Now that Snap Inc, owner of photo messaging app Snapchat has filed confidentially for an IPO, their co-founders Evan Spiegel and Bobby Murphy could finally get an accurate indicator of what their unicorn is really worth, according to Bloomberg. (See also, Snap Inc Has Reportedly Filed for an IPO).
For its market listing, Snapchat is seeking to raise funding that could value the company between $20 billion and $25 billion. That target valuation is a 40% premium hike over its value in the private market, says Bloomberg.
Spiegel and Murphy's success at meeting that target could play a key role in determining the rising or sinking value of an estimated $31 billion in stakes that the eight co-founders of Snap, Uber, Airbnb and Spotify--have in their respective companies. (See also, Billion-Dollar Babies: World's Most Valuable Startups).
Uber's co-founders, Garrett Camp and Travis Kalanick, reportedly have a stake of $6.7 billion in the seven-year-old ride-hailing app, which has a valuation of $68 billion.
Airbnb founders Nathan Blecharcyzk, Brian Chesky and Joe Gebbia each have a $3.6 billion stake in the eight-year-old apartment-sharing marketplace, currently valued at $30 billion.
And, Spotify's Martin Lorentzon has a $1 billion stake in the 10-year-old music streaming service valued at $8 billion while co-founder Daniel Ek falls short of the billionaire classification with a $825 million stake. (All of the aforementioned data was provided by Equidate and Bloomberg Billionaires Index.)
If Snap is able to launch a blockbuster IPO, that will clearly bode well for all of these young tech billionaires; if not, the alternative may not be so auspicious: the market could fall, along with the aggregate wealth of the unicorn founders.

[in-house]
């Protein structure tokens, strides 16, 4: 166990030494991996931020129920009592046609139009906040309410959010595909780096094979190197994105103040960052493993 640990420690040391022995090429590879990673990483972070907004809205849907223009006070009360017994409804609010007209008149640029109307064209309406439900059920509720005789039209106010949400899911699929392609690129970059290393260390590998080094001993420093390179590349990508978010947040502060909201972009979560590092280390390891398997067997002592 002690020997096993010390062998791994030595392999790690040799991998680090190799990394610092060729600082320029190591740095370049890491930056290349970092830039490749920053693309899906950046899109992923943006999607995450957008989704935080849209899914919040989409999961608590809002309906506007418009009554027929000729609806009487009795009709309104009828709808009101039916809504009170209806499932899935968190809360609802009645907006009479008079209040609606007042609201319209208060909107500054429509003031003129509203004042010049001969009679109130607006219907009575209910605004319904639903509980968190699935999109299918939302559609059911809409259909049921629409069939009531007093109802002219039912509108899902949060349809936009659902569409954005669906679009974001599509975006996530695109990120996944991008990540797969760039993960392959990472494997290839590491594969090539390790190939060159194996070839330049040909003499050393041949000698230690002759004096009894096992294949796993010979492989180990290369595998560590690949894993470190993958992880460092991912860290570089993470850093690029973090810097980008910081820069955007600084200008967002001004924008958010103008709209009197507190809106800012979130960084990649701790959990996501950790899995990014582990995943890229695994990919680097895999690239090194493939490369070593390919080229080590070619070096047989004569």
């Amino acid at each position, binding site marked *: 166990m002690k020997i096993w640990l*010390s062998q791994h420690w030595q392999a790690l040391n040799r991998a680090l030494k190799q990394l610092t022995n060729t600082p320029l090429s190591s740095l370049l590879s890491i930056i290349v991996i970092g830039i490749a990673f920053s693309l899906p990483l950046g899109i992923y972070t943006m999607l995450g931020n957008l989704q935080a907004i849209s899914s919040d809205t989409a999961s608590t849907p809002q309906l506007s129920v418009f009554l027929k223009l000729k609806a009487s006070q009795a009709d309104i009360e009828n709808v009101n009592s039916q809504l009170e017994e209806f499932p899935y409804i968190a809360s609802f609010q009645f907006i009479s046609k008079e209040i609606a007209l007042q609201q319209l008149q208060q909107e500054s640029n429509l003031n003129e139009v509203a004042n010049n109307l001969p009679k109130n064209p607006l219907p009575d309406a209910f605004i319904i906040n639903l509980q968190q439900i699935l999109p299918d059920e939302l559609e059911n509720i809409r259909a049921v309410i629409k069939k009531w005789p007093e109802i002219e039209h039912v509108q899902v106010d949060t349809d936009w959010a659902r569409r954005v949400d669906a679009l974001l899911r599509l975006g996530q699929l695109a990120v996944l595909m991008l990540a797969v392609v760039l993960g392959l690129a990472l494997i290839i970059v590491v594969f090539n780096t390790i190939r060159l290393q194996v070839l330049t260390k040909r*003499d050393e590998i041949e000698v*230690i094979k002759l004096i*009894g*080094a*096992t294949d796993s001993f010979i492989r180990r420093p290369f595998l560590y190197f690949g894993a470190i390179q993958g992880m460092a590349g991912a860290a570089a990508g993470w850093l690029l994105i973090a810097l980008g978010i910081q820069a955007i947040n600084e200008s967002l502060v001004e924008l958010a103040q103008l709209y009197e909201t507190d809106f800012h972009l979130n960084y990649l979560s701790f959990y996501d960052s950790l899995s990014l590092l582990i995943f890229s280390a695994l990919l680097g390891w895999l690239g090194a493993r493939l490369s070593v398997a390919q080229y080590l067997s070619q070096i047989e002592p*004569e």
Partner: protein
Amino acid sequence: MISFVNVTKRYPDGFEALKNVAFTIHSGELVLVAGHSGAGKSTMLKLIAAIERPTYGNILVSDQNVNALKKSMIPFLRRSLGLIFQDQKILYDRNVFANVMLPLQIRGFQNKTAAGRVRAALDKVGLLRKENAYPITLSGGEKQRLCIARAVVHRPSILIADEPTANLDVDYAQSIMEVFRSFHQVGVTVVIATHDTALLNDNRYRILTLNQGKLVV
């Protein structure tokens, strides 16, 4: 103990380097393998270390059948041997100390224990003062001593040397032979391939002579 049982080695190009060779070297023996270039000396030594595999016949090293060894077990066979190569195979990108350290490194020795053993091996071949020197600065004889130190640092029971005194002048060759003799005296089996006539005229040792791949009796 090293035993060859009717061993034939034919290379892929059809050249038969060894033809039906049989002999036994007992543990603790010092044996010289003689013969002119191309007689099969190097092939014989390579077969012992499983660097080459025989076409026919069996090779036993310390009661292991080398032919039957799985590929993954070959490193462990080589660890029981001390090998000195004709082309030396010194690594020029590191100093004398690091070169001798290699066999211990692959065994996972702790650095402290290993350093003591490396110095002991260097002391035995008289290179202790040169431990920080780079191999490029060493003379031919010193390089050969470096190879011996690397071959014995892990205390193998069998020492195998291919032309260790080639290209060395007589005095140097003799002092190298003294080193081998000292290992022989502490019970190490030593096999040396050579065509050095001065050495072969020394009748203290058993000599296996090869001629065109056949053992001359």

Since the November 8th election of Donald Trump, the S&P 500 Information Technology Index has slipped because of chatter that the incoming President's policies on trade and immigration could hamper future revenue. And here's another omen for the industry: The Bloomberg U.S. Startups Barometer, which measures the "overall health of the business environment for private technology companies based in the U.S," has plunged to 21% from its peak in June 2015.
Following suit, some industry observers are choosing to be realistic. Speaking to Bloomberg News, Rob Enderle, an analyst at Enderle Group, a technology consultancy in Bend, Oregon, said, “Private market valuations are stratospheric. Big unicorns are sucking all the air out of the room, and I’m not sure whether they can sustain these kind of valuations post-IPO.”